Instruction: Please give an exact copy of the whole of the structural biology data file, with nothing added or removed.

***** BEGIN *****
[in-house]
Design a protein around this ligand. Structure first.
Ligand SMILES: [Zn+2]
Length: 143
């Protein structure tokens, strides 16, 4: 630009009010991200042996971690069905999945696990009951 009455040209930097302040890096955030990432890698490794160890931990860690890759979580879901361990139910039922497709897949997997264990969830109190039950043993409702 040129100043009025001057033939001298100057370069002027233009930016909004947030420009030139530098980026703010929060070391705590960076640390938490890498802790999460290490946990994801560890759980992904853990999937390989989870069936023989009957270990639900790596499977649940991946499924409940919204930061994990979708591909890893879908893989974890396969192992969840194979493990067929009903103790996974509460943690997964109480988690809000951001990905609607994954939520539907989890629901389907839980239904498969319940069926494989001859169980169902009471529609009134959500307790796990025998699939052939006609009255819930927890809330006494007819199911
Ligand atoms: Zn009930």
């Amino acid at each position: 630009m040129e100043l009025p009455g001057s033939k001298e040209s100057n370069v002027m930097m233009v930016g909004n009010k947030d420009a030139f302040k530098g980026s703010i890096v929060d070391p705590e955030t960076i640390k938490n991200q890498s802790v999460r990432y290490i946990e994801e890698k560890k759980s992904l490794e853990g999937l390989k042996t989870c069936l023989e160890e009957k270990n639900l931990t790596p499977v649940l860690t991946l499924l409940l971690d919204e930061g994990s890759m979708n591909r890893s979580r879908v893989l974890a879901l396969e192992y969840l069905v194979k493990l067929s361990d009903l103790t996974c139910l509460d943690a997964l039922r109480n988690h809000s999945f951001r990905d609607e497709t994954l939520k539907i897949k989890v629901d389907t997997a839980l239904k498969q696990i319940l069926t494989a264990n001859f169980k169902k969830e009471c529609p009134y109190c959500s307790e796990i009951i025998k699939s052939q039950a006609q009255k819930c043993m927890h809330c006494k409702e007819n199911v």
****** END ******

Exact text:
[in-house]
Design a protein around this ligand. Structure first.
Ligand SMILES: [Zn+2]
Length: 143
């Protein structure tokens, strides 16, 4: 630009009010991200042996971690069905999945696990009951 009455040209930097302040890096955030990432890698490794160890931990860690890759979580879901361990139910039922497709897949997997264990969830109190039950043993409702 040129100043009025001057033939001298100057370069002027233009930016909004947030420009030139530098980026703010929060070391705590960076640390938490890498802790999460290490946990994801560890759980992904853990999937390989989870069936023989009957270990639900790596499977649940991946499924409940919204930061994990979708591909890893879908893989974890396969192992969840194979493990067929009903103790996974509460943690997964109480988690809000951001990905609607994954939520539907989890629901389907839980239904498969319940069926494989001859169980169902009471529609009134959500307790796990025998699939052939006609009255819930927890809330006494007819199911
Ligand atoms: Zn009930």
């Amino acid at each position: 630009m040129e100043l009025p009455g001057s033939k001298e040209s100057n370069v002027m930097m233009v930016g909004n009010k947030d420009a030139f302040k530098g980026s703010i890096v929060d070391p705590e955030t960076i640390k938490n991200q890498s802790v999460r990432y290490i946990e994801e890698k560890k759980s992904l490794e853990g999937l390989k042996t989870c069936l023989e160890e009957k270990n639900l931990t790596p499977v649940l860690t991946l499924l409940l971690d919204e930061g994990s890759m979708n591909r890893s979580r879908v893989l974890a879901l396969e192992y969840l069905v194979k493990l067929s361990d009903l103790t996974c139910l509460d943690a997964l039922r109480n988690h809000s999945f951001r990905d609607e497709t994954l939520k539907i897949k989890v629901d389907t997997a839980l239904k498969q696990i319940l069926t494989a264990n001859f169980k169902k969830e009471c529609p009134y109190c959500s307790e796990i009951i025998k699939s052939q039950a006609q009255k819930c043993m927890h809330c006494k409702e007819n199911v």